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Accidental Deliberations: Thursday Morning Links

This and that for your Thursday reading.

- Scott Santens writes about one possible endpoint of the current trend toward precarious employment, being the implementation of a basic income to make sure a job isn’t necessary to enable people to do meaningful work. And Common Dreams reports that a strong majority of lower-wage workers support both unions, and political parties and candidates who will allow them to function.

- Harvey Cashore and David Seglins follow up on the multiple connections between the Cons, the Canada Revenue Agency and KPMG even as the latter was under investigation for facilitating offshore tax (Read more…)

Accidental Deliberations: New column day

Here, on how the Saskatchewan Party’s manipulative consultation designed to push liquor retailing into the private sector only managed to highlight the fact that our current system is working just fine.

For further reading, the consultation materials are here, including the survey results here (PDF). And even though those don’t include the thousands of people who expressed their support for keeping liquor public, they indicate little interest in a larger number of retail locations or increased hours of availability – which of course represent the main difference in pursuing a plan aimed at letting private operators open (Read more…)

Accidental Deliberations: On misappropriation

Shorter Don McMorris: You might think that a publicly administered and funded consultation process would be intended to inform provincial public policy decisions, and that partisan platform development should be funded by a political party instead. But let me assure you that Brad Wall’s government has no such scruples.

Accidental Deliberations: On sucker’s deals

Shorter Brad Wall: But what you less-sophisticated, not-so-business-savvy people don’t understand is this: when you pawn the furniture, you get CASH MONEY UP FRONT. How can that be anything but a great deal?

Accidental Deliberations: Thursday Afternoon Links

This and that for your Thursday reading.

- Pat Atkinson discusses the need to make sure that Saskatchewan’s boom-time spending actually sets us up for long-term prosperity, rather than fiscal disaster: Even though the OECD report, the burgeoning federal government deficit, China’s economic slowdown and America’s political deadlock all advise us that now is the time for caution, the Wall government is trapped. Its political image is completely dependent upon constant economic growth or the appearance of it.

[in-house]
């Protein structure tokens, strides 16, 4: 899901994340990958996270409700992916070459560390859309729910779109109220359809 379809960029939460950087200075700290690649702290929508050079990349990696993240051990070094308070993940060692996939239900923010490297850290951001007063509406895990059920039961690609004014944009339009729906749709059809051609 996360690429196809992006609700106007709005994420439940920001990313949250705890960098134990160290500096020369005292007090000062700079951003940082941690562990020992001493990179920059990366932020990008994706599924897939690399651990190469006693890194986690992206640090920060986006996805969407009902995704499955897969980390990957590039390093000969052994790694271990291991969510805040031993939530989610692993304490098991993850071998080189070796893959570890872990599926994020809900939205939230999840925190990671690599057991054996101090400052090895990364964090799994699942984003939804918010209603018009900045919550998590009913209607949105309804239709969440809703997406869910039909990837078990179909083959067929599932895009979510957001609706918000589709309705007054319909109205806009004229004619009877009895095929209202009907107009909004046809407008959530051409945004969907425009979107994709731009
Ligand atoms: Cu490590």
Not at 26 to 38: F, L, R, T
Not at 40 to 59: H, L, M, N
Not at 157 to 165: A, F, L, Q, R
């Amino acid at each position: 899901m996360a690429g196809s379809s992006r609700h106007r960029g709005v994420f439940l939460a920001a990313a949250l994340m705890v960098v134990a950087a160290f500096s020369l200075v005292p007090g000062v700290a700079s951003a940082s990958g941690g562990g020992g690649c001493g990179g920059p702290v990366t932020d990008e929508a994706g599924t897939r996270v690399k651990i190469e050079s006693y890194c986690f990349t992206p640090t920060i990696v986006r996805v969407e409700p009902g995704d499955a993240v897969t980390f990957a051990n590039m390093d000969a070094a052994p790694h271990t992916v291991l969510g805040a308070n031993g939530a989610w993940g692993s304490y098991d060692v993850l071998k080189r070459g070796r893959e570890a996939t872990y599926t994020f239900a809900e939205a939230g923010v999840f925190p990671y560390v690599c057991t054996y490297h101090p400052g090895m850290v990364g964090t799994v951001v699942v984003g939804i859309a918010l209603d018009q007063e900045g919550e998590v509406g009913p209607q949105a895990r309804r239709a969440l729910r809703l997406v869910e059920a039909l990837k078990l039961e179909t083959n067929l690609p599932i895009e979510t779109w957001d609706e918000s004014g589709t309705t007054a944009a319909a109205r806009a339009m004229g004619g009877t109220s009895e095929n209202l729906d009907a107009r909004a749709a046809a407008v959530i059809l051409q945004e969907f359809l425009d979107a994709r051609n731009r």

It is so cemented in its own message of a New Saskatchewan, that any deviation from it is unlikely.

From its first

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Accidental Deliberations: New column day

Here, following up on this post as to the public returns Saskatchewan stands to lose if Brad Wall insists on giving away liquor profits to private operators rather than working within the proven SLGA retail model.A few footnotes to the columns…- The … . . . → Read More: Accidental Deliberations: New column day

Accidental Deliberations: Leadership 2013 Roundup

With a couple of weeks’ worth of developments to address, I’ll take a slightly higher-level look at the Saskatchewan NDP leadership race than I normally do. (And for those worried about missing out, note that we should have an opportunity to revisit ne… . . . → Read More: Accidental Deliberations: Leadership 2013 Roundup

Accidental Deliberations: Down the drain

There’s rightly been plenty of debate over the Sask Party’s recently-announced plan to. But there looks to me to be room to take a closer look at exactly what Brad Wall is determined to give away – so let’s take a back-of-the-envelope look at the profi… . . . → Read More: Accidental Deliberations: Down the drain